This is a guest blog post from Kim Lewis, M.Ed., CCC-SLP (Aka. Activity Tailor). Kim is sharing all about her top tips for increasing preschool attention spans.
Time after time, I have families come to see with a toddler/preschooler with concerns about a language delay, but additional concerns about attention. Some of these families have a significant history of attention deficit disorder so it makes sense that they’d be alert to early signs, but most often the issue is simply developmental.
It seems unfair that during a time of severe sleep deprivation for parents/caregivers, little ones have such a limited ability to stick with an activity. Keep reading for some tips and ideas for increasing preschool attention spans that you can share with parents and caregivers.
Age appropriate expectations for attention spans
A quick rule of thumb is that a child should be able to independently sustain attention to a task for 2-4 minutes per year of age. That’s not very long! Of course many factors will play into this. Tired or hungry kids won’t attend as long. Challenging activities or ones of less interest will decrease attention as well.
|2 years old||4-8 minutes|
|3 years old||6-12 minutes|
|4 years old||8-16 minutes|
7 tips for supporting preschool attention spans
Keeping appropriate expectations in mind, there are ways for us to support children so they develop more focus and persistence. Here are 7 tips you can share with parents/caregivers, or use yourself in your sessions, to support preschoolers attentions spans.
- Decrease screen time: Most children are drawn to screens and they can provide a welcome respite for frazzled families. While some screen time is fine, prolonged use can have an adverse impact on attention spans. Screen time includes TV programs, educational apps and ebooks (if they include lots of sounds and other effects).
- Minimize distractions: Like us, preschoolers will have an easier time sticking with a task when there isn’t another, probably better, shiny activity nearby. In the therapy room, this might look like covering tempting shelves with a sheet or curtain. At home, it might be starting a toy rotation system.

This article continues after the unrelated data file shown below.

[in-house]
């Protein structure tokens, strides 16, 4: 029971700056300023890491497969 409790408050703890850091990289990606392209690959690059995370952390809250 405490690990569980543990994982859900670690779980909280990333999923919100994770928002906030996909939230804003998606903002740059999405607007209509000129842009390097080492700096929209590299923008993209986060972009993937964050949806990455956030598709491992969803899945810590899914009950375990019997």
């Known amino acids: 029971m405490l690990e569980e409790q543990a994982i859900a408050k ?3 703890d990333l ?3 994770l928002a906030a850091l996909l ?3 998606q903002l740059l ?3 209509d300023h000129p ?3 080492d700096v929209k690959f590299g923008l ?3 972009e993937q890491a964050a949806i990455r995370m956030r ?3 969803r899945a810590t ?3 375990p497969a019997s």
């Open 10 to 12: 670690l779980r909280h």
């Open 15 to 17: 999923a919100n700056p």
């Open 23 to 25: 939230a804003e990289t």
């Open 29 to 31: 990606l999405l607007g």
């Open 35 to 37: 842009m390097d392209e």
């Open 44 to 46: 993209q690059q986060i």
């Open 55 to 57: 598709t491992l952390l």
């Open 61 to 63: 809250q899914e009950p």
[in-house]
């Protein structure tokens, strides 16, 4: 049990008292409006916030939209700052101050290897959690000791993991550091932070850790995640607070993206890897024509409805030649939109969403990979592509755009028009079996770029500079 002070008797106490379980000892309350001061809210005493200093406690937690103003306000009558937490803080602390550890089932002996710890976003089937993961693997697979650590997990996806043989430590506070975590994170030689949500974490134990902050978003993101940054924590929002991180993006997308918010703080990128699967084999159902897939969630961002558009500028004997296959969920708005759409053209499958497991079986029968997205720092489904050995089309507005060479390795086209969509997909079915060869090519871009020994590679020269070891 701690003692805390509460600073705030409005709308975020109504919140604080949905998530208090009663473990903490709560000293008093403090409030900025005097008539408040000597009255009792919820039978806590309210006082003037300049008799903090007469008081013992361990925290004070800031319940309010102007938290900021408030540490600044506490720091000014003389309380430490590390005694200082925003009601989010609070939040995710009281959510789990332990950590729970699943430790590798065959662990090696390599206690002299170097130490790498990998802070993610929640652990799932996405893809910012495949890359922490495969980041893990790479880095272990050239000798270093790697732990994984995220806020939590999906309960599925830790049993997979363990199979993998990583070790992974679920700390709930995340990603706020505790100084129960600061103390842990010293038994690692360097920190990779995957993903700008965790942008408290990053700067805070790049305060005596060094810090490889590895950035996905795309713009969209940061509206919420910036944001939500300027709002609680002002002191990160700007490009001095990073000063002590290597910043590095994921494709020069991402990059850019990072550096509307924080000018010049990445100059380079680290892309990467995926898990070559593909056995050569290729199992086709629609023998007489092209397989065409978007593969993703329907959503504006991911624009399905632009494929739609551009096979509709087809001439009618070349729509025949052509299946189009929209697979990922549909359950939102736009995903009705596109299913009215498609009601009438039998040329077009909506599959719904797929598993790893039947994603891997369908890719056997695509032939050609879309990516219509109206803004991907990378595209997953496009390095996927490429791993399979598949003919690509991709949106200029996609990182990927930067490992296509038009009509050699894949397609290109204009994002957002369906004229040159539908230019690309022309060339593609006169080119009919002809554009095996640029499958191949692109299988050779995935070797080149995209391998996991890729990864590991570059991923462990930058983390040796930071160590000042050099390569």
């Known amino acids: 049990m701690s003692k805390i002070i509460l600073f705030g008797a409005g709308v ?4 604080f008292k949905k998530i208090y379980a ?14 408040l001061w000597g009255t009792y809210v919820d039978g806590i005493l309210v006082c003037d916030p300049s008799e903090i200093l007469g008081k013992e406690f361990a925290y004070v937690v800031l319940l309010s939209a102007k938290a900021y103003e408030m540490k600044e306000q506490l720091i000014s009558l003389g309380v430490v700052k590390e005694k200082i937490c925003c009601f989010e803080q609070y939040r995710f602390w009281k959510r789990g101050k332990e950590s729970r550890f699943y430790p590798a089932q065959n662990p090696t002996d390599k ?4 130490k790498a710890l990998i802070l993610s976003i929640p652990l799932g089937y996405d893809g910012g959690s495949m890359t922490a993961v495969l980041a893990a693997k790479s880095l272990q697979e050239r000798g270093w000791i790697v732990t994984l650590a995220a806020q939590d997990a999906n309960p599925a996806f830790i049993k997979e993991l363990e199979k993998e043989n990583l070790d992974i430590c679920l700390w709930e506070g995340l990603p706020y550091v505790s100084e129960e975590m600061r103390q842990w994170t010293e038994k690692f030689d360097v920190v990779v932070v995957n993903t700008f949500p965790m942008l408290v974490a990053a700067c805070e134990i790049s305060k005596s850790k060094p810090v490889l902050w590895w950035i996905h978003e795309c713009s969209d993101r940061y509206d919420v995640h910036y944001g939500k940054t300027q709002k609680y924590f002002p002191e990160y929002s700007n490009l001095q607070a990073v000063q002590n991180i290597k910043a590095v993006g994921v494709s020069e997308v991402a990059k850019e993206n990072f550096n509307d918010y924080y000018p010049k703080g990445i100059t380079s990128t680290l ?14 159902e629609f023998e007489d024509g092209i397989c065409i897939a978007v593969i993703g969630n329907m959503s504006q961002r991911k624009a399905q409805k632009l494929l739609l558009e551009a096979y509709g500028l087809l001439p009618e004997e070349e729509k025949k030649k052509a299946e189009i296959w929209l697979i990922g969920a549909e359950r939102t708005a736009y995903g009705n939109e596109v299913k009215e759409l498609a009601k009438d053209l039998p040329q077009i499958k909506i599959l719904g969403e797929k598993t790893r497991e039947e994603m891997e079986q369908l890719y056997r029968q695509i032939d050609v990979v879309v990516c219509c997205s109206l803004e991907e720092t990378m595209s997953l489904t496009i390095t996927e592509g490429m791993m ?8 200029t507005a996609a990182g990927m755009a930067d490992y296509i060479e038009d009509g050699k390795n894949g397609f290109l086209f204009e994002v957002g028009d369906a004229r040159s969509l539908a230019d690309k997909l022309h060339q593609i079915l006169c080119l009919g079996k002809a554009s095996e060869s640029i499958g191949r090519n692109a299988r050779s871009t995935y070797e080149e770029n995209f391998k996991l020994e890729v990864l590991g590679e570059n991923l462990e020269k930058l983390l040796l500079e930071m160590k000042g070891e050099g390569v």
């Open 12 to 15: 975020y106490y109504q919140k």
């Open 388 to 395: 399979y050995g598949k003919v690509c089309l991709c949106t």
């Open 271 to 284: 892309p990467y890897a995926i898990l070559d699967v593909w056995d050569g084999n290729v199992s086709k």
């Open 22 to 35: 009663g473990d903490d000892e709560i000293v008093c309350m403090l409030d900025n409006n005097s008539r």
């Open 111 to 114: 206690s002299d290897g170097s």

Check out this blog post for more information about toy rotation for therapists and parents/caregivers.
- Set them up for success: A well-rested, fed preschooler will have a better chance of optimal learning and sustaining attention, but that’s easier said then done! Encouraging parents/caregivers to stick with their familiar routines can help support attention skills. Similarly, encourage parents/caregivers to give themselves grace during periods of picky eating and disrupted sleep. This is where communication with families is key, as we are not always privy to this information!
- Stay nearby: Sustaining attention on your own is much more difficult. An attentive adult can help adjust an activity when it’s too difficult or to make it more engaging. When children have regular practice at sticking with an activity, they’ll eventually learn how to do it on their own.
- Choose close-ended toys: Puzzles, lacing toys, and shape sorters are just some activities that have a built-in end point. When we provide these kinds of motivating opportunities, children are more likely to stick with them through to completion. Just be sure to choose ones that are manageable for the child’s ability and age! Selecting a too-difficult puzzle will result in quick abandonment, not perseverance.
- Movement breaks: Those little bodies were made for action! Activities that involve some movement, or taking a break to move around for a bit, can go a long way towards keeping a young one on task. For example, rather than sitting and matching colored objects at a table, hand them an object and ask them to touch it to other things in the room that have the same color.
- Read aloud: Setting aside time to read each and every day is one of the best activities you can do to build language, but it’s also a great way to build a child’s attention span! For an antsy little one, try an interactive book, like a lift-the-flap, scratch-and-sniff, or one that invites movement. Check out this webinar for more ideas for engaging young children with books.
If you’re concerned about a child’s attention span
Language delays can often look like attention issues especially if a child doesn’t seem to follow directions or respond to questions. If you have a child that you question has true attention deficits, observe and track behavior for a few weeks before making a referral, but don’t hesitate to make a referral if needed! A child who needs support in this area can quickly resort to disruptive behavior at home and in classrooms. Providing resources to parents and caregivers early (which doesn’t need to include medication) can go a long way towards successful management.